Remdesivir shortage in Maharashtra public hospitals
Mumbai: Public hospitals in Maharashtra, the state with the highest number of active Covid-19 cases, are facing a shortage of Remdesivir because the local authorities are yet to place orders for the experimental drug that was approved for sale in India 10 days ago. The bulk of the doses sold so far has gone to…
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Mumbai: Public hospitals in Maharashtra, the state with the highest number of active Covid-19 cases, are facing a shortage of Remdesivir because the local authorities are yet to place orders for the experimental drug that was approved for sale in India 10 days ago.
The bulk of the doses sold so far has gone to Tamil Nadu, which placed advance orders for the drug, and to private hospitals. Assam and Karnataka, which together have less than 15% of Maharashtra’s active caseload, are the other states that have placed orders for Remdesivir.
State governments typically coordinate drug orders for public hospitals, where most Covid-19 patients are treated. In some states including Gujarat and Delhi, the city with the most cases, public hospitals have their own procurement systems. The All India Institute of Medical Sciences in the capital said it had floated a tender after the drug was approved for sale and it has enough stocks of Remdesivir.
Maharashtra, with almost 76,000 active cases – half of them from Mumbai and Thane alone – was among the states that pushed the drug controller to expedite approval for the sale of Remdesivir. However, it hasn’t started processing the tender for the drug, according to state government officials who did not want to be identified.
Brihanmumbai Municipal Corporation, Mumbai’s civic governing body, is yet to order an initial consignment of 15,000 doses of the drug. An estimated 5,877 patients in the city are on oxygen support and would be candidates for treatment with Remdesivir.
The state had planned to import the drug from Bangladesh a few months ago, before the regulator’s approval for the drug.
Hyderabad-based Hetero Labs and Mumbai-based Cipla received emergency marketing approval from the Drug Controller of India on June 21 to supply Remdesivir injection vials in India for moderate Covid-19 cases – patients on oxygen support. The course of treatment – five vials – costs Rs 28,000 to Rs 36,000.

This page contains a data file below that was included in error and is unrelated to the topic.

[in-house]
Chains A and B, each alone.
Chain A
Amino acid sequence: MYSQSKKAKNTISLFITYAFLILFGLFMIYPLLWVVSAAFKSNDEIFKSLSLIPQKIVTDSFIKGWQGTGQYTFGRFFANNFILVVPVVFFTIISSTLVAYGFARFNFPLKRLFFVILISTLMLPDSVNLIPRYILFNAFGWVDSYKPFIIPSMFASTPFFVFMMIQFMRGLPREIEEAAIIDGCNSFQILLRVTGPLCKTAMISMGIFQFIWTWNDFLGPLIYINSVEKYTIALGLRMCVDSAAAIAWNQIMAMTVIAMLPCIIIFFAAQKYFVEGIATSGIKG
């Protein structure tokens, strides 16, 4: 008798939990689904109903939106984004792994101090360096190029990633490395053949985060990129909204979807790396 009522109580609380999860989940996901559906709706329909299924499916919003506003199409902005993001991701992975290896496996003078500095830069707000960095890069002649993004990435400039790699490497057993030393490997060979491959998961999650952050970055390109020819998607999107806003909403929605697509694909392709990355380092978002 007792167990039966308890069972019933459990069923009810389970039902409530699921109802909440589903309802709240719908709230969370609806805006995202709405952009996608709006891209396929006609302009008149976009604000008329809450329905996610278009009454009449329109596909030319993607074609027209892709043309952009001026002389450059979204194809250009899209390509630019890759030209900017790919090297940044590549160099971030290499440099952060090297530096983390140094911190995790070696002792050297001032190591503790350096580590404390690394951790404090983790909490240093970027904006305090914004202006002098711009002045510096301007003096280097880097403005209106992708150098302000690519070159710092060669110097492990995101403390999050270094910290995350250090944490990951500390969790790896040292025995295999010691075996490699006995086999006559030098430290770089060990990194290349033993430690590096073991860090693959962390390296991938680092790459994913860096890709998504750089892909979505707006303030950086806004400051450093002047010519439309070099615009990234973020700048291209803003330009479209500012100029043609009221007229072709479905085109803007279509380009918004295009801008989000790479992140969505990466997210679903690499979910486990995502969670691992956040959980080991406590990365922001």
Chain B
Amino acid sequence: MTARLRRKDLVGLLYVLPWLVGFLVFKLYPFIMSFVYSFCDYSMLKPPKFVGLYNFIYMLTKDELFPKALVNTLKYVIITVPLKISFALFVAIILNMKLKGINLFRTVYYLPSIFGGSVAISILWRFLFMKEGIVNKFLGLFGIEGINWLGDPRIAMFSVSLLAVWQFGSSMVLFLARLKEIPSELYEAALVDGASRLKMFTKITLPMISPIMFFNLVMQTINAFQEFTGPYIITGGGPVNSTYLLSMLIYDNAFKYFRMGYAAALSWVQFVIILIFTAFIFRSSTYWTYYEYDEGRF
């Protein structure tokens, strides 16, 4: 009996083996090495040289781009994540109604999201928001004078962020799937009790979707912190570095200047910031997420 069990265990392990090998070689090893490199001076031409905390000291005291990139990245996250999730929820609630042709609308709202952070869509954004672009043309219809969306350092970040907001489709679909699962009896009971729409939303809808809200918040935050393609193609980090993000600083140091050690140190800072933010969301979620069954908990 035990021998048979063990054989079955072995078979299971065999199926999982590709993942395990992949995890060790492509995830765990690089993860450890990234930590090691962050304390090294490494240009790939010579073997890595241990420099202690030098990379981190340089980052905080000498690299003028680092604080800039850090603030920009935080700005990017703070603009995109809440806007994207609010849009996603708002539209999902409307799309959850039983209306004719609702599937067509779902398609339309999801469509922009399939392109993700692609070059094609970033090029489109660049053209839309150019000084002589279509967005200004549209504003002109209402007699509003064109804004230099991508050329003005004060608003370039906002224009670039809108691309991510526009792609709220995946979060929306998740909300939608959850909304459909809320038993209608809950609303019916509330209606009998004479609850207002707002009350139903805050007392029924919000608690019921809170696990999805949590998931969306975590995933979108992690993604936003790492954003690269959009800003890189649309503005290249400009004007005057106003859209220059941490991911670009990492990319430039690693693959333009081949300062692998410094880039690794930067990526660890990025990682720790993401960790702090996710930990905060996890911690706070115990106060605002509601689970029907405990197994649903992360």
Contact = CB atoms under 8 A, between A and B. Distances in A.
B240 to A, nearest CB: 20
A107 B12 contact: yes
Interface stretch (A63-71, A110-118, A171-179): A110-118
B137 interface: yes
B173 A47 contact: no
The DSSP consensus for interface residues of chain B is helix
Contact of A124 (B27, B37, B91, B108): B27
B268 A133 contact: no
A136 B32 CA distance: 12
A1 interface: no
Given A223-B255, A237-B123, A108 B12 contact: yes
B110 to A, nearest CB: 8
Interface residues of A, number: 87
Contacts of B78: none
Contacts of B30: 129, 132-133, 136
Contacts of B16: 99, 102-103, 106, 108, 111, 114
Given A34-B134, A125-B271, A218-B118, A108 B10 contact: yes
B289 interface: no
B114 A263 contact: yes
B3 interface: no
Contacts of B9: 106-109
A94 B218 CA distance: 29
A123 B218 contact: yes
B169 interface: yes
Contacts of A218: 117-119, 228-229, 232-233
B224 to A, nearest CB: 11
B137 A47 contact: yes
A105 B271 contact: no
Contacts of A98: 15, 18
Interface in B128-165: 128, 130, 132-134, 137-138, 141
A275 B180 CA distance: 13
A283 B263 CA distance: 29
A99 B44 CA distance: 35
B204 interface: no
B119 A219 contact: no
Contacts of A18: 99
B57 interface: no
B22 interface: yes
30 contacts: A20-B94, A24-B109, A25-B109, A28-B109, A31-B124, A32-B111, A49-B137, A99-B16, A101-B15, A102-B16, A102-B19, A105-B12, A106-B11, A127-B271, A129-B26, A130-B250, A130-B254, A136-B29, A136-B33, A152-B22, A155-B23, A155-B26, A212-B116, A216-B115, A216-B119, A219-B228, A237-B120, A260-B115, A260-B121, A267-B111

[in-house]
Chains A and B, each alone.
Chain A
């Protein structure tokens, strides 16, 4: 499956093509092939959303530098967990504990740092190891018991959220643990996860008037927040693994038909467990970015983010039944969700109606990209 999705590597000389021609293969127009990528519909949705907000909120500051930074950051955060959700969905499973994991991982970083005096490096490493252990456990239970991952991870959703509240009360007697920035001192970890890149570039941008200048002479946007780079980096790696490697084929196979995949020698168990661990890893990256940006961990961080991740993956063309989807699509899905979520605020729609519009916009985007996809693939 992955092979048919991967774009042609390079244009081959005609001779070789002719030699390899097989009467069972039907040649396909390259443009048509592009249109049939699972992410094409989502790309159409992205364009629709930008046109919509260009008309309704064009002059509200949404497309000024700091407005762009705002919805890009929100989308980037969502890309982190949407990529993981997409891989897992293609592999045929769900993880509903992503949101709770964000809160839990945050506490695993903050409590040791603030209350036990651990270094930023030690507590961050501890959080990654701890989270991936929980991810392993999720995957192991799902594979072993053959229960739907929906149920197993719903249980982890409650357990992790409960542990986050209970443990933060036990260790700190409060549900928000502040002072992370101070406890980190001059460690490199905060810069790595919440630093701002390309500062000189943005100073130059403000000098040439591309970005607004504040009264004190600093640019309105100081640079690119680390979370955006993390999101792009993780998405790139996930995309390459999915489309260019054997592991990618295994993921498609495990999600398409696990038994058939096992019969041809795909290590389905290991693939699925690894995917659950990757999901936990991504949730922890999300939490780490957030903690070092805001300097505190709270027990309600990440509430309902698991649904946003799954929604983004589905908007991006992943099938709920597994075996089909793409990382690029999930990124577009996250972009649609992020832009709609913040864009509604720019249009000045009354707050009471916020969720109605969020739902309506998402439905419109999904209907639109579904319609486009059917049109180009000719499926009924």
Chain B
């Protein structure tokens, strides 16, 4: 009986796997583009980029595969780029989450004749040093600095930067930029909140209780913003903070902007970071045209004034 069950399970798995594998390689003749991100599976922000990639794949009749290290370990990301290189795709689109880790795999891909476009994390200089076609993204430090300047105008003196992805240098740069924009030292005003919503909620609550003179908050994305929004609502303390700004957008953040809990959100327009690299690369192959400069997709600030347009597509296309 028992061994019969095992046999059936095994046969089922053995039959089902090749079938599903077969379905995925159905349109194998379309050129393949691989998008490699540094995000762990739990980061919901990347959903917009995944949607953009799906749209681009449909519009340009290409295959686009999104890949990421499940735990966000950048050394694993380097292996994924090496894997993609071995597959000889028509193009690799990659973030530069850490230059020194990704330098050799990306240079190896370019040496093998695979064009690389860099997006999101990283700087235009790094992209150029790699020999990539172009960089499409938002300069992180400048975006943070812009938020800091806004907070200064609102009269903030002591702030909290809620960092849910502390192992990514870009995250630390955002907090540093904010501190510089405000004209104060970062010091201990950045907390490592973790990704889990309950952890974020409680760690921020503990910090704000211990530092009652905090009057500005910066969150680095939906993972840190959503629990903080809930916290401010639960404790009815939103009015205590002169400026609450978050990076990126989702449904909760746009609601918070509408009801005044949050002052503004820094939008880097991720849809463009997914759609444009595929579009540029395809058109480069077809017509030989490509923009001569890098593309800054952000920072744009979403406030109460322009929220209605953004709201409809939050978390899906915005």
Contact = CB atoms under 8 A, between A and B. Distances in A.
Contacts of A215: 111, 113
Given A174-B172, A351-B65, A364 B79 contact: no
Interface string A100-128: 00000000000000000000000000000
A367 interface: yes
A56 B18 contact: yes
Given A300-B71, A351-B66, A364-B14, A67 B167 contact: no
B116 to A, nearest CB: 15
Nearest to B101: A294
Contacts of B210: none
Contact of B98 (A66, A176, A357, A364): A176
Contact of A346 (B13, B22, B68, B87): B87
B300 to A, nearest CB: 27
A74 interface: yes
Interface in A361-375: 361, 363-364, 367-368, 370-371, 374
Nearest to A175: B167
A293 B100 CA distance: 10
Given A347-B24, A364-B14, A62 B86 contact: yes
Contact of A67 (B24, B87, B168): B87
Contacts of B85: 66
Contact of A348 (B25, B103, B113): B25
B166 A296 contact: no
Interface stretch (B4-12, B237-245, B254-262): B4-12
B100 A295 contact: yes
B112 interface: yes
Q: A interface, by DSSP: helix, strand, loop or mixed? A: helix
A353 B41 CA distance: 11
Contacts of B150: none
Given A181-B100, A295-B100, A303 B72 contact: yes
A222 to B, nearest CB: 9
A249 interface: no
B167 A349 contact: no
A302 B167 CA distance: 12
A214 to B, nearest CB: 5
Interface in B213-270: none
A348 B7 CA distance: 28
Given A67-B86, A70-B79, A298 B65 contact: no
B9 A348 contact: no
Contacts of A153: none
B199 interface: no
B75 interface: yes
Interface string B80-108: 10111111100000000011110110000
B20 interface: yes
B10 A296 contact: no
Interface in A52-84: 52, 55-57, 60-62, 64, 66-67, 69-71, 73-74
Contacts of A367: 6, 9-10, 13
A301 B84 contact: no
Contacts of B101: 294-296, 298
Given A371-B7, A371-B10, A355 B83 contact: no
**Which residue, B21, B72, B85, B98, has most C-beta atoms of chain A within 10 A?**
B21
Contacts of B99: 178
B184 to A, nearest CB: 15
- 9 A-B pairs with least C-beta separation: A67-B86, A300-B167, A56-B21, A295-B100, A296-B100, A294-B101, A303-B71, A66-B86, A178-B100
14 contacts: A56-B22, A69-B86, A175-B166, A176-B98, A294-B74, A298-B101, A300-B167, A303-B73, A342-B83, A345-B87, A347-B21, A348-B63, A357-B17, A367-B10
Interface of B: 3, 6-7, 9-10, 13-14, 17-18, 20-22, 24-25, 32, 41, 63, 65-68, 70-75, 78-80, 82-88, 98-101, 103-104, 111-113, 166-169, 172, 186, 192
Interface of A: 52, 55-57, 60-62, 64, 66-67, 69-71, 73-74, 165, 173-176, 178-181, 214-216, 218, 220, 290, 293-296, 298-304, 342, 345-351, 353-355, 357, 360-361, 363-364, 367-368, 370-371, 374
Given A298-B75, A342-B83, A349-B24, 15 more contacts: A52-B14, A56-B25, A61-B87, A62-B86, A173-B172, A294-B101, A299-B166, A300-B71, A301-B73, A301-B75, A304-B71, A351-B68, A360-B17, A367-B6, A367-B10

The approval came almost a month after the companies signed voluntary licence agreements with US drug maker Gilead Sciences, which holds the patent for the drug.
While the companies had said they would start supplying the drug immediately, only Hetero has started selling it. Cipla’s official supply will start on July 9, ET has learnt. Cipla did not respond to ET’s queries on the shortage of the drug and when it will start supplies.
Hetero said it has so far supplied 20,000 doses of the drug, of which half went to Tamil Nadu which had made advance purchases, 7,000 went to private hospitals and the rest to other state-run hospitals in the country.
“We are geared up to produce half a million doses by August for this drug and are geared up for the supply making every effort to ensure that state governments get them,” said Vamsi Krishna, MD of Hetero.
Krishna said the company has the active pharmaceutical ingredient to make 1 million doses of the drug and production won’t be disrupted by issues such as the border tension with China, the key supplier of such bulk drugs.
Five more companies are expected to launch their versions of Remdesivir in India in the next few months. Gilead said in May that it will start selling its drug in India in July. In an email to ET the company said it is pleased to have learnt that its licensee partners will be launchimg the drug soon.
In the developing world, we have entered into non-exclusive voluntary licensing agreements with 9 generic manufacturers to further expand access and supply of remdesivir, a Gilead spokesperson told ET, adding that these agreements will help serve 127 countries classified as lower-income or that face significant obstacles to healthcare access. “Gilead continues to discuss with UNICEF the possibility of donating remdesivir for use in the low- and middle-income countries. We hope to finalize these arrangements soon”, the company said.
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